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Speaker Howell is having to play defense against his own team.
Friday, April 26, 2013
Gov. Bob McDonnell may be getting all the glory for this year’s transportation bill, but it was House Speaker Bill Howell who handled much of the grunt work necessary to secure votes for the first significant investment in Virginia roads and bridges in a quarter century.
Now that Howell has saved the commonwealth’s motorists from a plague of potholes, he’s taking on an even more daunting challenge: to save his party from itself.
The Republican leader promised GOP delegates in February that if they voted for the road bill, which bore Howell’s name as chief sponsor, he would do everything possible to prevent their defeat in this year’s elections.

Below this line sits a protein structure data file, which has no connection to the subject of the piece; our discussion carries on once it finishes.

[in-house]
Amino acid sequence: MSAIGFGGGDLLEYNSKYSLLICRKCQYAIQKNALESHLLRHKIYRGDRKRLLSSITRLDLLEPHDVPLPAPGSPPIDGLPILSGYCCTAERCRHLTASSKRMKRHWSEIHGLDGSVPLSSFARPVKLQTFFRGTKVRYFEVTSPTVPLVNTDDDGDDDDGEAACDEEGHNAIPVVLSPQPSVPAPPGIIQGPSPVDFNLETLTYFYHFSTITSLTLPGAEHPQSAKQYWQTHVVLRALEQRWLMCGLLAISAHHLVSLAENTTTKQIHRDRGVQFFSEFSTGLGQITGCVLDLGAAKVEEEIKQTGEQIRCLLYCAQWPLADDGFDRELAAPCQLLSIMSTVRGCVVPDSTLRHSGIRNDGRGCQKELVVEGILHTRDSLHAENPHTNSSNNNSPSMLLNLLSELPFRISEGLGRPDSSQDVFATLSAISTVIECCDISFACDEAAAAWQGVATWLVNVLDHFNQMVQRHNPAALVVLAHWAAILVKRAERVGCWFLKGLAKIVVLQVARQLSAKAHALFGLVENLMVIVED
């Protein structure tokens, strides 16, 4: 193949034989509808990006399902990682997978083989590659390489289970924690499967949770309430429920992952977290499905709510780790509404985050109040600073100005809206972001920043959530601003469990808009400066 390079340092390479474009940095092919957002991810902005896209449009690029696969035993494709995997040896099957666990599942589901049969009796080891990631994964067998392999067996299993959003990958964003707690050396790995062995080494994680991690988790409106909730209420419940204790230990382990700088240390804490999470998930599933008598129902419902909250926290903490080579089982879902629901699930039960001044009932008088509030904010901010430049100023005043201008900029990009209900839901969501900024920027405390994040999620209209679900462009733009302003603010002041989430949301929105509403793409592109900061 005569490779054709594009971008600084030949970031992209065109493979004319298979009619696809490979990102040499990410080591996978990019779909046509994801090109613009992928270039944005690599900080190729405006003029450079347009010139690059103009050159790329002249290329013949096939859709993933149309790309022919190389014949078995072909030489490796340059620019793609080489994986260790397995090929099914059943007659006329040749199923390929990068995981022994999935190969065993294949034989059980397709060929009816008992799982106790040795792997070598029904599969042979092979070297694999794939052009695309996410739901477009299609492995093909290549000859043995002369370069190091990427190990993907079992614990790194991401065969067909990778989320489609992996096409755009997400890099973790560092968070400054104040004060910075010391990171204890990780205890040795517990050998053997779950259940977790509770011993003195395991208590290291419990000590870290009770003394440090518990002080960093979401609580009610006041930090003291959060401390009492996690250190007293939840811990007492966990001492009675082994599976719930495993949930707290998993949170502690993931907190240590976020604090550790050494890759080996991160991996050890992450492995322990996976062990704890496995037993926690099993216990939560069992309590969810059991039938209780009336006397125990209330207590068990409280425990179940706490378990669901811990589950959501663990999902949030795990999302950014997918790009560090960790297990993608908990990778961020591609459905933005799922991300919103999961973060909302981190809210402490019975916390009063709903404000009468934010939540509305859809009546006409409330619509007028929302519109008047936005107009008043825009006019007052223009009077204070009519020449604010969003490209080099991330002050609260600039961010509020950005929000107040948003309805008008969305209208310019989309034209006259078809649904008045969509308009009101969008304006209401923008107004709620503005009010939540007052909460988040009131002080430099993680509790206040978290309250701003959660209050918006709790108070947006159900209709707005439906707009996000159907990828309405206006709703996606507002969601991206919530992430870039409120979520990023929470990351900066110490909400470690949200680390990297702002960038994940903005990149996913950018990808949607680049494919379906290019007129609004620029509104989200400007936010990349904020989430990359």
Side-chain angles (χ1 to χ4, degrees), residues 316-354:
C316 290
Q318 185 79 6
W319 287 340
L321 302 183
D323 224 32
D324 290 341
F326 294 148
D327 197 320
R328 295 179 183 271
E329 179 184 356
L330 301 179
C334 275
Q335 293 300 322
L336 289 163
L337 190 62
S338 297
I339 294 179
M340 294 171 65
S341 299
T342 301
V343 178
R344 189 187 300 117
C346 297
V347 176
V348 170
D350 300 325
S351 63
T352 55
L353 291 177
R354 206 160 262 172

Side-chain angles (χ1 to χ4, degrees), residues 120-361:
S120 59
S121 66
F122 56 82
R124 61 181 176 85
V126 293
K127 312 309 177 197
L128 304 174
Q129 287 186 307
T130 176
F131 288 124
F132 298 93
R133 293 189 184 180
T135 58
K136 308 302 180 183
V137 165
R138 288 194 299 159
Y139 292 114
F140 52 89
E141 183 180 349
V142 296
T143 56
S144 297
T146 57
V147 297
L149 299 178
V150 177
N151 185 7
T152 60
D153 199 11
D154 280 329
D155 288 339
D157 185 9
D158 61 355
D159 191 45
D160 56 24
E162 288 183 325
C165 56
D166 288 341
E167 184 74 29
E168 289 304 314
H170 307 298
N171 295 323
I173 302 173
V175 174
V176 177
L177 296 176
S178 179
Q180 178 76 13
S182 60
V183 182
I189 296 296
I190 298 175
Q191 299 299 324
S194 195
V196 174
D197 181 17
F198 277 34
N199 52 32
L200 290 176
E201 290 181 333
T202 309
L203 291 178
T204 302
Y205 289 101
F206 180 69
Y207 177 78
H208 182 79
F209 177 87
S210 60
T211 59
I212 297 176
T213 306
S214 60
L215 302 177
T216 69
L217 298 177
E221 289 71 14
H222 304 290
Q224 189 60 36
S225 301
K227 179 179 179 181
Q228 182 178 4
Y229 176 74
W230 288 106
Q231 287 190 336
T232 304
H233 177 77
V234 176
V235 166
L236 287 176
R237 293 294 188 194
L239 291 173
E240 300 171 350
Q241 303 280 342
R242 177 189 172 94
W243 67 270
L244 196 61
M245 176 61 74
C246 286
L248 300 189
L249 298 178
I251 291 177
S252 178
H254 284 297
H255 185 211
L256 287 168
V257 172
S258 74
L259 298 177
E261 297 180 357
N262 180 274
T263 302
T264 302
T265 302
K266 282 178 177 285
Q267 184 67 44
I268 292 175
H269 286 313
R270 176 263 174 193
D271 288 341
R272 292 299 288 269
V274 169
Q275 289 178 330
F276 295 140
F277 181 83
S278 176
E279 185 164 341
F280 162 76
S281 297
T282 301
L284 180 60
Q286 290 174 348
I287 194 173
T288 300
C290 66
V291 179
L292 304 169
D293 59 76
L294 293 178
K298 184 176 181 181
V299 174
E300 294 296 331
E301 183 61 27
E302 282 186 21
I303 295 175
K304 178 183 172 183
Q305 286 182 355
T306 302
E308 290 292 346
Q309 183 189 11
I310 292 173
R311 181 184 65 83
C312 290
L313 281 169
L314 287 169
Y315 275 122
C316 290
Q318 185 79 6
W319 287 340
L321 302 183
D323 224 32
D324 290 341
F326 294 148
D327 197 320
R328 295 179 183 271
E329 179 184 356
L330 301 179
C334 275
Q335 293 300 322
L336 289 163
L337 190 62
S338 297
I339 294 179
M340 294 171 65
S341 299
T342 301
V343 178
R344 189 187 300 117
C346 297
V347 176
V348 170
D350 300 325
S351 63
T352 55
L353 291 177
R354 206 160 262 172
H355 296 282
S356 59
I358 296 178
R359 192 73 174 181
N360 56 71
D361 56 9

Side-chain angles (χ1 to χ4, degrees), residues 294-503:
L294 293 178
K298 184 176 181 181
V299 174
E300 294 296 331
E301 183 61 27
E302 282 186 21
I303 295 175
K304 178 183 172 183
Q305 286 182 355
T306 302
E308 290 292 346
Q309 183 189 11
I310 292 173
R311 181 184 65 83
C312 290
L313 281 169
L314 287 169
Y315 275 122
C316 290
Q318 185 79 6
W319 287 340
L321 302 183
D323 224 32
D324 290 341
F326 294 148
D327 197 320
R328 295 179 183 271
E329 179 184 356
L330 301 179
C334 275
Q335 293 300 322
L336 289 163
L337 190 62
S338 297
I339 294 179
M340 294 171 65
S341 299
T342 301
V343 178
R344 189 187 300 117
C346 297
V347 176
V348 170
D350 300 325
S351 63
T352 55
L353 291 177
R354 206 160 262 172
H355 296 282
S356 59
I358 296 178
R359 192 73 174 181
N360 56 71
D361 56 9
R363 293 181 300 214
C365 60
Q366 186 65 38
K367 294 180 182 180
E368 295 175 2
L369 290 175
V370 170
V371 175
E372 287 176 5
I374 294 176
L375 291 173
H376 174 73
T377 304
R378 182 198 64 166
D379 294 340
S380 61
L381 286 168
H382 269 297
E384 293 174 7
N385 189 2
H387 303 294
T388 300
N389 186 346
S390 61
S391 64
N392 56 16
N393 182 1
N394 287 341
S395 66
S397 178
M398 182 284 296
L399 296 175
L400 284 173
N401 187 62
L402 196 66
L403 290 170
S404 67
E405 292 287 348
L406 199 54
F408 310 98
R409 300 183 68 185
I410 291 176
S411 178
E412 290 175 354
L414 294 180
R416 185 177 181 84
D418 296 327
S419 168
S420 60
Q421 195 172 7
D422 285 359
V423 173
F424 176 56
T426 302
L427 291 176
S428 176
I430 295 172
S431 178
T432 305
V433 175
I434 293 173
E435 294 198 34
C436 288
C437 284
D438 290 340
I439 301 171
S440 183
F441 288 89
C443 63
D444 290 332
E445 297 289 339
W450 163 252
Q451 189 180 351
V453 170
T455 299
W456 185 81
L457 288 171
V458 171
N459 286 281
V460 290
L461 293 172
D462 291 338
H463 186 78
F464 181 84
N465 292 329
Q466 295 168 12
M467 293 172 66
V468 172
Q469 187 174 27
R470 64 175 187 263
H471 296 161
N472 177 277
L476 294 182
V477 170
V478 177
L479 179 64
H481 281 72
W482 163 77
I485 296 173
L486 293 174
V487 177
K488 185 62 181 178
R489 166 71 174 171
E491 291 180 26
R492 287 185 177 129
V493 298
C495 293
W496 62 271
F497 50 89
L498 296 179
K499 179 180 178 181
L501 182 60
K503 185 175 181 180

Paranoia? Not at all. Challengers were already howling for blood. Not from within Democratic ranks, but rather from GOP anti-tax zealots convinced that highway construction bargains await just as soon as they defund public schools, freeing up a cheap and youthful labor force to make itself useful. Howell himself is one of four Republican incumbents who supported the road bill now facing primary challenges in June.
True to his word, he has established a political action committee to raise money for that embattled subspecies of the GOP that hasn’t completely lost touch with reality. Predictably, some of the delegates who voted against the transportation bill are whining that the PAC creates “dissension” within the party. Kind of like voting against your own speaker’s bill, maybe?
How did the GOP get to this point? Howell should know. He oversaw the gerrymandering of fire engine red House districts, designed to guarantee his followers safe seats. That turned out to be a costly mistake, and it looks like Howell has gotten stuck with the bill.
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